We eventually left in pursuit of shade, lunch and things to do. For lunch we ate green soba noodles which were most likely tea flavoured, there was also a smoked salmon in mine which I found most certainly to my taste. There was also a waiter who was quite clearly done with life – we found this of particular amusement: at the way in which she set the food down with a clatter and her sheer nonchalance. She was a badass and she knew it. From here we braved the heat once more and headed towards a temple that was supposedly full of hydrangeas when in the correct season – which it was not. On the way there there was a jump in laughter in the conversation, and we came across a cicada who was dying in the middle of the road. Cars actually took care not to run it over after seeing our fascination with it! Its bequeathed posthumous name was Peter if you wanted to know. Never forget!
Leaving our friend behind we made it to the temple. Upon the approach we wondered if there was anybody in admissions – there was, however we casually walked past, happily dodging the 400 yen admission fee, score! From here we explored, continued chatting and took photos. For the most part pictures of bugs were taken as there were very few flowers that were actually in bloom. I was surprised to hear how close some families could be, but I liked the sound of it.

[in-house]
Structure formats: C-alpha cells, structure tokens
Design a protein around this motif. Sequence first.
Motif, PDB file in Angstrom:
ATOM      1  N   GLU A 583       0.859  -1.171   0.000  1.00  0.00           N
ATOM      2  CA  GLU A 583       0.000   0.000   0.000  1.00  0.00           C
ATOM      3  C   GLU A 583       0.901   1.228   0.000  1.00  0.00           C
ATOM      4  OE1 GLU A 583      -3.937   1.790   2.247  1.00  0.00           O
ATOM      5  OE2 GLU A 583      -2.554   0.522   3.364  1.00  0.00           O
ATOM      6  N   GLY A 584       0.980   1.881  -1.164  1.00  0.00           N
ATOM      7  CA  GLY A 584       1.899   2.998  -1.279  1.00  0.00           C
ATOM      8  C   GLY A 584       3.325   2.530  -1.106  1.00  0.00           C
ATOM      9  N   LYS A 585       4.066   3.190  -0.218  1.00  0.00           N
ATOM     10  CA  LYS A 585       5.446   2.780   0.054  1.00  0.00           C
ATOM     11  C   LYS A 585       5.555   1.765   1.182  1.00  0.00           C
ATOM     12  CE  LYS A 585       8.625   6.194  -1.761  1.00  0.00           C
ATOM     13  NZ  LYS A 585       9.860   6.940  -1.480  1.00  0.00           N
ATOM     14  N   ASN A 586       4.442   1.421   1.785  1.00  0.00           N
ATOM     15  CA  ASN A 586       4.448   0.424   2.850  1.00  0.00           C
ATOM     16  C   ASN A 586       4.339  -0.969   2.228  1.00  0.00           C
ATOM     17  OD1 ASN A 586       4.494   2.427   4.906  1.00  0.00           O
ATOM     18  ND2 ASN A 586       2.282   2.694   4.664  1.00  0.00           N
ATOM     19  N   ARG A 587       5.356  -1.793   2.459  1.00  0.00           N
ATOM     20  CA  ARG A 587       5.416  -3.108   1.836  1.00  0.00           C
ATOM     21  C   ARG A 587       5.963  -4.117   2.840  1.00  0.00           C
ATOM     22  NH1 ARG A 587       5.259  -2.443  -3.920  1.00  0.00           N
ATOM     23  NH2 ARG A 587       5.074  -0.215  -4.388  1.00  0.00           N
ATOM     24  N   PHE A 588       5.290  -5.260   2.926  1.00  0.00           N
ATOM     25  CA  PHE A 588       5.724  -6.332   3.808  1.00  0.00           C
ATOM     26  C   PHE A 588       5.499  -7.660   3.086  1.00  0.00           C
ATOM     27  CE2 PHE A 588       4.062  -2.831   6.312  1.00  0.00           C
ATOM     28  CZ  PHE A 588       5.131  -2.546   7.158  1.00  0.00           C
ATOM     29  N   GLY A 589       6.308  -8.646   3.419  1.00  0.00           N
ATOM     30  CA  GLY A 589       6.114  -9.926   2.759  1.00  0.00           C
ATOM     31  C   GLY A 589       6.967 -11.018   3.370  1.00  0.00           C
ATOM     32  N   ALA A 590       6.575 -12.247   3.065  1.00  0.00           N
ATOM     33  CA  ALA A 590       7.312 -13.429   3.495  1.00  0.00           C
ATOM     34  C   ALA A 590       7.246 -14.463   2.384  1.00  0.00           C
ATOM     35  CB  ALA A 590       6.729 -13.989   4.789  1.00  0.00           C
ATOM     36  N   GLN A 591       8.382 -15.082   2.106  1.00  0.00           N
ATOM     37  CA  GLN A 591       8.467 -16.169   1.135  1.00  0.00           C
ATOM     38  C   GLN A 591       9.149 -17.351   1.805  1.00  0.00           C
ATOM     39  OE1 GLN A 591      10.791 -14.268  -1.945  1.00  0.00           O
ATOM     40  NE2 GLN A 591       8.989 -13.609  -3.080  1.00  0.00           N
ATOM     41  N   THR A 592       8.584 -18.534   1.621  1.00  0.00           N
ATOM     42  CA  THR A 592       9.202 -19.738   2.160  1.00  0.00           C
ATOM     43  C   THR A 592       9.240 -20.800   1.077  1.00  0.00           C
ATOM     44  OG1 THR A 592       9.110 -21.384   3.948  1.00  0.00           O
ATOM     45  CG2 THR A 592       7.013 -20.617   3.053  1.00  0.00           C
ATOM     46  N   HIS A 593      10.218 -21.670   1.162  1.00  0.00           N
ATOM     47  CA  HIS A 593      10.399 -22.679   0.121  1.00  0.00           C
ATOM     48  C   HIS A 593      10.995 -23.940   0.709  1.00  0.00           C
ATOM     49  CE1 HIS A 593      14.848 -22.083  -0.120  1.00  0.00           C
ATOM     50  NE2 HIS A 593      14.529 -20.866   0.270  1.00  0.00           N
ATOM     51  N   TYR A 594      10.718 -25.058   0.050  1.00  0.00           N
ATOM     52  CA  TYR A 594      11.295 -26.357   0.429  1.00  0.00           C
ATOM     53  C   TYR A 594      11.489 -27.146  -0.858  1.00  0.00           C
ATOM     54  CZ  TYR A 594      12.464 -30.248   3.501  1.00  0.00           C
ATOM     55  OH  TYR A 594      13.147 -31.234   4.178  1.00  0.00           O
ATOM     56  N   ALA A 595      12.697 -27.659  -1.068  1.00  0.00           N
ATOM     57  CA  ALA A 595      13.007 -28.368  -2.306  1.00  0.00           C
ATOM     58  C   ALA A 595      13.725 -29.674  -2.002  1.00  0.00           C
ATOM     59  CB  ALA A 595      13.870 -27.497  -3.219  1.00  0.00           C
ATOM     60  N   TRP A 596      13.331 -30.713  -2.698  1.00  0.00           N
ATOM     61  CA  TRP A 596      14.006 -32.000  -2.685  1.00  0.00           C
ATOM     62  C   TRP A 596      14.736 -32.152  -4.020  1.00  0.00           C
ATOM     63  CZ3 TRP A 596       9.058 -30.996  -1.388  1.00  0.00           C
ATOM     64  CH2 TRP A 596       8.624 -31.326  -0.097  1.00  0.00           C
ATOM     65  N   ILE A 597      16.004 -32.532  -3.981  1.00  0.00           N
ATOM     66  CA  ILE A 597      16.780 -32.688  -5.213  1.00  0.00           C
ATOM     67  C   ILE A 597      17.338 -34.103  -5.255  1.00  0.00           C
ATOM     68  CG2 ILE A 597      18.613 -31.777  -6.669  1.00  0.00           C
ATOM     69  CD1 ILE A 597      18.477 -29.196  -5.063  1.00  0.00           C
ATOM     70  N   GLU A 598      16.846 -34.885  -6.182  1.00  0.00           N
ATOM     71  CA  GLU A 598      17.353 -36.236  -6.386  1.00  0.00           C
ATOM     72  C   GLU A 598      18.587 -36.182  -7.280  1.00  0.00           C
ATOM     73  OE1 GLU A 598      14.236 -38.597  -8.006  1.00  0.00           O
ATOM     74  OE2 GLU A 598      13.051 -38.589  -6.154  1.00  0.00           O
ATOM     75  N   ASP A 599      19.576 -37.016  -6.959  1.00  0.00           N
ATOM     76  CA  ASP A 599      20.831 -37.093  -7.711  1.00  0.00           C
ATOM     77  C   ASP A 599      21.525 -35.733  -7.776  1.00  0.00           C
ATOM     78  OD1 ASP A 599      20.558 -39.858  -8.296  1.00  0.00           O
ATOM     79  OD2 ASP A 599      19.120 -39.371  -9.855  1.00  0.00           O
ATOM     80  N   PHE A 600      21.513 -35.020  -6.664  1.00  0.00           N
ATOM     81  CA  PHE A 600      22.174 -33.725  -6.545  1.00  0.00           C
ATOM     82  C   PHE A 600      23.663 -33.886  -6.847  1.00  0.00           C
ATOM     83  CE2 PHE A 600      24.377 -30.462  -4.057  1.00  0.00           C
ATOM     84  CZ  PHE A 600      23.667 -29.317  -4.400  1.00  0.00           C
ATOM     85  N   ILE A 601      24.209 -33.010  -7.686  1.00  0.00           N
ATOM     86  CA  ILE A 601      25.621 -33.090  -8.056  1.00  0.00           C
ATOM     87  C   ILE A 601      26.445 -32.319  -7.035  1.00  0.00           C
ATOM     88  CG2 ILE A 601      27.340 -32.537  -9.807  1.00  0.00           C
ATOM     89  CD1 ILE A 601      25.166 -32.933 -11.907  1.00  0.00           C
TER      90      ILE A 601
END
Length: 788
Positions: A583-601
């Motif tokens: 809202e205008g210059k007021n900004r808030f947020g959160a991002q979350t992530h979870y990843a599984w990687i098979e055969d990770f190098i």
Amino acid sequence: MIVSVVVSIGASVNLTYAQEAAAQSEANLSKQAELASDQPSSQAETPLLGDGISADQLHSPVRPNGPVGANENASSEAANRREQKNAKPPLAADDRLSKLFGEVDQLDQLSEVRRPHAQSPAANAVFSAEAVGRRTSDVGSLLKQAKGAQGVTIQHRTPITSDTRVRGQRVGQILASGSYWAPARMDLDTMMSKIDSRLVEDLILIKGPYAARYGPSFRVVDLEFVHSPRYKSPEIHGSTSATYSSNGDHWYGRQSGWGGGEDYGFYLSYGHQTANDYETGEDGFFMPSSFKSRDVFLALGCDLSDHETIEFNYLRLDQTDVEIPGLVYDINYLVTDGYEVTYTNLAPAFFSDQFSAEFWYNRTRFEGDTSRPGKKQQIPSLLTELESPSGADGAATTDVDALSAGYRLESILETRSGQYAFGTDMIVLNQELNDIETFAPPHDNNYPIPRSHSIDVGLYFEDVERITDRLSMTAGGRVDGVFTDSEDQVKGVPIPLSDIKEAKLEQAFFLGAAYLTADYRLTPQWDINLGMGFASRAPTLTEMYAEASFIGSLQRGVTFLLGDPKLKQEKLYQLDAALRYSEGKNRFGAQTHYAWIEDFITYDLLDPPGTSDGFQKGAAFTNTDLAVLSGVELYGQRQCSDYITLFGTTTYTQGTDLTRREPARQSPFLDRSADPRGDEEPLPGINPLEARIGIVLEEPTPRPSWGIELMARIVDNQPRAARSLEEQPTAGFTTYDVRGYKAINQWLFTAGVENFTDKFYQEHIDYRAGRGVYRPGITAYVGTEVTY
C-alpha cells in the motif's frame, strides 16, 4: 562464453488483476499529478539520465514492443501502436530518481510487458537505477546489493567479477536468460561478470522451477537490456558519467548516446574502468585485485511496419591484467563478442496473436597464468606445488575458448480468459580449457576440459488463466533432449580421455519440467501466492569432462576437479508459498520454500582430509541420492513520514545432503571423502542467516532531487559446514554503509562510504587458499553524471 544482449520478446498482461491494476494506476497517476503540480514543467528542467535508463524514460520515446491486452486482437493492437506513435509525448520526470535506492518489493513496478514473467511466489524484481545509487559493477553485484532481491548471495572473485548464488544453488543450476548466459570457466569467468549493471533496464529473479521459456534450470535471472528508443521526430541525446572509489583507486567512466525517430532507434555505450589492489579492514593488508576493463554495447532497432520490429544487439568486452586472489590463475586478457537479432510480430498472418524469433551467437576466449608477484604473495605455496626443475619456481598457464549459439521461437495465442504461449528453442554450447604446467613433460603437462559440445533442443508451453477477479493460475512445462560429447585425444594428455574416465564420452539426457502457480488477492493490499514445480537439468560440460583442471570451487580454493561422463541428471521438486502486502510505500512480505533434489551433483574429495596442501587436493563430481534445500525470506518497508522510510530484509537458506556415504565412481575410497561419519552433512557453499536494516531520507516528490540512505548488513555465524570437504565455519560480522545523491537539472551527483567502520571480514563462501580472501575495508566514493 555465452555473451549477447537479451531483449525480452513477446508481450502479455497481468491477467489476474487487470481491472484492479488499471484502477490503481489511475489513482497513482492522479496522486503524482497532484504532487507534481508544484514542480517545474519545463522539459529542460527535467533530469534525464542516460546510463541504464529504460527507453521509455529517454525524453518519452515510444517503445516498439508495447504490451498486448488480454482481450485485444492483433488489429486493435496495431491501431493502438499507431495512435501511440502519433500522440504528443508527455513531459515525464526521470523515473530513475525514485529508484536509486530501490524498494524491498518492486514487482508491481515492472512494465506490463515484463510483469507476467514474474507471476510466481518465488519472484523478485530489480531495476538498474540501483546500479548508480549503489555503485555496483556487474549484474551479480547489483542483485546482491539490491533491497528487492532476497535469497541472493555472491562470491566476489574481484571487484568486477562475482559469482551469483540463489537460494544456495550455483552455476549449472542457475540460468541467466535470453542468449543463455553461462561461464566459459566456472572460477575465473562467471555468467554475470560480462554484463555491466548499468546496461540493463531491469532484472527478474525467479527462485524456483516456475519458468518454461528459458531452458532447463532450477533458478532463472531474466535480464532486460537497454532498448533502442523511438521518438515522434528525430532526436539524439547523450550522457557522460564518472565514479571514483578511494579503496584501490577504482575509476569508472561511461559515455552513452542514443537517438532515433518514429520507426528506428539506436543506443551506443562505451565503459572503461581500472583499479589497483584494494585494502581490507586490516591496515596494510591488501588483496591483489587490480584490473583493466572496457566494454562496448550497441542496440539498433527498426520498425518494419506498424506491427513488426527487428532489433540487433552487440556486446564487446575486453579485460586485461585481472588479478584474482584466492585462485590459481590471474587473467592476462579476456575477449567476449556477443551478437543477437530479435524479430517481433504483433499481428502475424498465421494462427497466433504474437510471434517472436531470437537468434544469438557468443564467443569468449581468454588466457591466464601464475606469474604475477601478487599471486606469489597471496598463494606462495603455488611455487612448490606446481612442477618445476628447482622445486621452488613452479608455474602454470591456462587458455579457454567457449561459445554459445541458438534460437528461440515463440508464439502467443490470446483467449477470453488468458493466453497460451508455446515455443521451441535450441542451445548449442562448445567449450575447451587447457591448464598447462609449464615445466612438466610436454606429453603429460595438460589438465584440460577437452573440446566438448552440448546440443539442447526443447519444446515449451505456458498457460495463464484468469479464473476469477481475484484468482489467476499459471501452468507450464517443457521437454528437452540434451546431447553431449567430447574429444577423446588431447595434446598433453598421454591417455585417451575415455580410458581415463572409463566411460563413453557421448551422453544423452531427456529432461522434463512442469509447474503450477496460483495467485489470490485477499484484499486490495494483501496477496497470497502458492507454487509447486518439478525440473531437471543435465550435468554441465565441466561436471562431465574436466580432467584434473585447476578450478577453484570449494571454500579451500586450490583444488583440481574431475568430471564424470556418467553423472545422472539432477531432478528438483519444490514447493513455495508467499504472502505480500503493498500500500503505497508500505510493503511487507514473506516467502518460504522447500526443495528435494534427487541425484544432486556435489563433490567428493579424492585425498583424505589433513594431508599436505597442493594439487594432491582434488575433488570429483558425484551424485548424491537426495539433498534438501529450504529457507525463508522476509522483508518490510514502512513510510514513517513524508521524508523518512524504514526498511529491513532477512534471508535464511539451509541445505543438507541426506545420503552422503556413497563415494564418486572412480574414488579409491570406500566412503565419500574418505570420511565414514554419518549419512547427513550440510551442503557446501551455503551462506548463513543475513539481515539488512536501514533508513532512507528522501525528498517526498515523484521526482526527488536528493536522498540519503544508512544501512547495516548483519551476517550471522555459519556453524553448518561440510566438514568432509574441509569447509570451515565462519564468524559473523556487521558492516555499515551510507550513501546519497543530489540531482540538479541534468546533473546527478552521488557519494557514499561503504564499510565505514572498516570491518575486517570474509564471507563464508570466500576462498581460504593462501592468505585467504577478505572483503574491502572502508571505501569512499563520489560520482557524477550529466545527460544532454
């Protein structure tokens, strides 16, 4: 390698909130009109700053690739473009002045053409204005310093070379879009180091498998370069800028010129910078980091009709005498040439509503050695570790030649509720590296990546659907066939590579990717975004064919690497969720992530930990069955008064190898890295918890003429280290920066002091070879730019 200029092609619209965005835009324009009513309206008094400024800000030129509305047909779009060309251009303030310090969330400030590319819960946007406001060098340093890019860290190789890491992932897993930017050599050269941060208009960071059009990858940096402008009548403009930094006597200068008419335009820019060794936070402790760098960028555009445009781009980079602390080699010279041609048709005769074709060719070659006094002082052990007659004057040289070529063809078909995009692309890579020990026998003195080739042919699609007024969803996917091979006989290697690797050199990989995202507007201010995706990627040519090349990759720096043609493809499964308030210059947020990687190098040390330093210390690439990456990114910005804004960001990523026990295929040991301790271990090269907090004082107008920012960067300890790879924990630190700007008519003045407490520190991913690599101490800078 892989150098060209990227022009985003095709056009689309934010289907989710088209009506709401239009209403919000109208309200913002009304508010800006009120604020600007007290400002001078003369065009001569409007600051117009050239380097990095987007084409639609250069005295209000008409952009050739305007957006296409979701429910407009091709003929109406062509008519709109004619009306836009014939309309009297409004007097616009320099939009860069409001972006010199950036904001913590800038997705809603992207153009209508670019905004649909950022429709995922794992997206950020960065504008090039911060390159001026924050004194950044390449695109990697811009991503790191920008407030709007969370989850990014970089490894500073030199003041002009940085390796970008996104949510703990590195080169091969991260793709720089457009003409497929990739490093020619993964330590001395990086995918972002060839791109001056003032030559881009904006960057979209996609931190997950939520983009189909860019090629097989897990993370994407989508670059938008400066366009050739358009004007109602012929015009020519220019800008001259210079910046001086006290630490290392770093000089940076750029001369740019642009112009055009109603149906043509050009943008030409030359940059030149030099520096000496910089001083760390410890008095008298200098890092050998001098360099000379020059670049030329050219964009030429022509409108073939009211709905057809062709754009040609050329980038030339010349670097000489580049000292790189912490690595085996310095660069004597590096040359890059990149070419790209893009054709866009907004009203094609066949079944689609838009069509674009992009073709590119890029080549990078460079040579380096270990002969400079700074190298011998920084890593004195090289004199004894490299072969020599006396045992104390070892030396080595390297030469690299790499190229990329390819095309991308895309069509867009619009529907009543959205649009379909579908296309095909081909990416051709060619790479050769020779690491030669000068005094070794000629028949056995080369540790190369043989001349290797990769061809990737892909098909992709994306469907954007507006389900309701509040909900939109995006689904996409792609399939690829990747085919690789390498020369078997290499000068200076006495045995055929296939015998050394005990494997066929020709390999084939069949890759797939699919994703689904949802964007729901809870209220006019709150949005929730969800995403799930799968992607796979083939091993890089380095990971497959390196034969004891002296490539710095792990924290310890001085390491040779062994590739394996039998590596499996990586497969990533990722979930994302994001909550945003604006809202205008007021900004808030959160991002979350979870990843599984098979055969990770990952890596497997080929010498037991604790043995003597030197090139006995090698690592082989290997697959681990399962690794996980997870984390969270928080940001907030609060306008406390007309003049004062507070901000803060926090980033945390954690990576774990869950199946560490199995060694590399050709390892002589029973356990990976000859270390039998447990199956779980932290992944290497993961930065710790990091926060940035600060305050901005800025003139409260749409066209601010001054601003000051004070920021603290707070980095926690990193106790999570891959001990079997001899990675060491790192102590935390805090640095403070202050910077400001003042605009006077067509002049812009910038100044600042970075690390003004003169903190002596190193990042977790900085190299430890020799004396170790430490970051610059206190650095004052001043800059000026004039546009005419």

While walking back I actually decided to tell her that I liked her last year – I couldn’t actually tell if she was surprised or not, but I felt nervous regardless. The conversation left this topic pretty quick which gave an indication, but I felt better for just saying it. The next stop was an ice cream place where we had to wait for an hour before we could eat. I must say, that was some good ice cream – it had a very strong flavour of tea to it, and it was also immensely creamy. I didn’t like the jelly too much though, I’m not a fan of it with my ice cream, the combination is all wrong and have thought so ever since I was a kid! Ice cream and jelly, no thank you!
Following this it was a train journey up to a 2000 year old shrine. We passed through Keihan lines and I saw Maho’s face everywhere which still makes me chuckle, even to this day! Going somewhere and having a friend’s face pop up is just plain amusing. It was at this stage of our journey that it began to rain. The first real indication of the degree of rain was seeing a lightning bolt roughly 3 kilometres away, and then about five minutes later it began once more.